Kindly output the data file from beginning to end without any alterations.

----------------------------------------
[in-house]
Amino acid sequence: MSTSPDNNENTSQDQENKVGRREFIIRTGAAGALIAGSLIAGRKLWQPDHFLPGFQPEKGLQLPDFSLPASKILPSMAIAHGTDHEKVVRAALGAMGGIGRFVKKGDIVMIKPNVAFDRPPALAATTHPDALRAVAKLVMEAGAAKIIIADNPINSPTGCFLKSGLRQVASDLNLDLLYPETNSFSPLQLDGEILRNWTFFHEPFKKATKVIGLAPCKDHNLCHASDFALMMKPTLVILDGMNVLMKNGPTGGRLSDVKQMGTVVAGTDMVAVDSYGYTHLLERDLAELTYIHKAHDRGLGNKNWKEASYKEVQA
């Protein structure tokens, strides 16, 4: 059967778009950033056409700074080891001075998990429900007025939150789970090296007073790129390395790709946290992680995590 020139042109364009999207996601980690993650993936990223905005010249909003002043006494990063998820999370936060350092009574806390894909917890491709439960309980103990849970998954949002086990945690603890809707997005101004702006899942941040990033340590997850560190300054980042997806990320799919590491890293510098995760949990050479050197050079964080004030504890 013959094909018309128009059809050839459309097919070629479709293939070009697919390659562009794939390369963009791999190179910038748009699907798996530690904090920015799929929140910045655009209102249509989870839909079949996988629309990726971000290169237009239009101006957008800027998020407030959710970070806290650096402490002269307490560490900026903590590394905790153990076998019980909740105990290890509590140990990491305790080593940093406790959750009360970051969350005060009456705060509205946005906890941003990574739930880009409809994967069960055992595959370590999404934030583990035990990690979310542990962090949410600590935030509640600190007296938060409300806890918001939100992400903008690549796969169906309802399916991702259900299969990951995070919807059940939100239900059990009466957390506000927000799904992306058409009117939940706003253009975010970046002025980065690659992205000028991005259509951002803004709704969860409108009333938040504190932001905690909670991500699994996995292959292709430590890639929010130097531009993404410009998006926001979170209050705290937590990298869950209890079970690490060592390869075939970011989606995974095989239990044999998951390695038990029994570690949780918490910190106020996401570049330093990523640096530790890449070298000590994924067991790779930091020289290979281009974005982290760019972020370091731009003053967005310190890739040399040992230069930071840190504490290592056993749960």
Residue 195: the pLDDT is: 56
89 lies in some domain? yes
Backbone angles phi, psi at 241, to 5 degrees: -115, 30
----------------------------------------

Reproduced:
[in-house]
Amino acid sequence: MSTSPDNNENTSQDQENKVGRREFIIRTGAAGALIAGSLIAGRKLWQPDHFLPGFQPEKGLQLPDFSLPASKILPSMAIAHGTDHEKVVRAALGAMGGIGRFVKKGDIVMIKPNVAFDRPPALAATTHPDALRAVAKLVMEAGAAKIIIADNPINSPTGCFLKSGLRQVASDLNLDLLYPETNSFSPLQLDGEILRNWTFFHEPFKKATKVIGLAPCKDHNLCHASDFALMMKPTLVILDGMNVLMKNGPTGGRLSDVKQMGTVVAGTDMVAVDSYGYTHLLERDLAELTYIHKAHDRGLGNKNWKEASYKEVQA
């Protein structure tokens, strides 16, 4: 059967778009950033056409700074080891001075998990429900007025939150789970090296007073790129390395790709946290992680995590 020139042109364009999207996601980690993650993936990223905005010249909003002043006494990063998820999370936060350092009574806390894909917890491709439960309980103990849970998954949002086990945690603890809707997005101004702006899942941040990033340590997850560190300054980042997806990320799919590491890293510098995760949990050479050197050079964080004030504890 013959094909018309128009059809050839459309097919070629479709293939070009697919390659562009794939390369963009791999190179910038748009699907798996530690904090920015799929929140910045655009209102249509989870839909079949996988629309990726971000290169237009239009101006957008800027998020407030959710970070806290650096402490002269307490560490900026903590590394905790153990076998019980909740105990290890509590140990990491305790080593940093406790959750009360970051969350005060009456705060509205946005906890941003990574739930880009409809994967069960055992595959370590999404934030583990035990990690979310542990962090949410600590935030509640600190007296938060409300806890918001939100992400903008690549796969169906309802399916991702259900299969990951995070919807059940939100239900059990009466957390506000927000799904992306058409009117939940706003253009975010970046002025980065690659992205000028991005259509951002803004709704969860409108009333938040504190932001905690909670991500699994996995292959292709430590890639929010130097531009993404410009998006926001979170209050705290937590990298869950209890079970690490060592390869075939970011989606995974095989239990044999998951390695038990029994570690949780918490910190106020996401570049330093990523640096530790890449070298000590994924067991790779930091020289290979281009974005982290760019972020370091731009003053967005310190890739040399040992230069930071840190504490290592056993749960």
Residue 195: the pLDDT is: 56
89 lies in some domain? yes
Backbone angles phi, psi at 241, to 5 degrees: -115, 30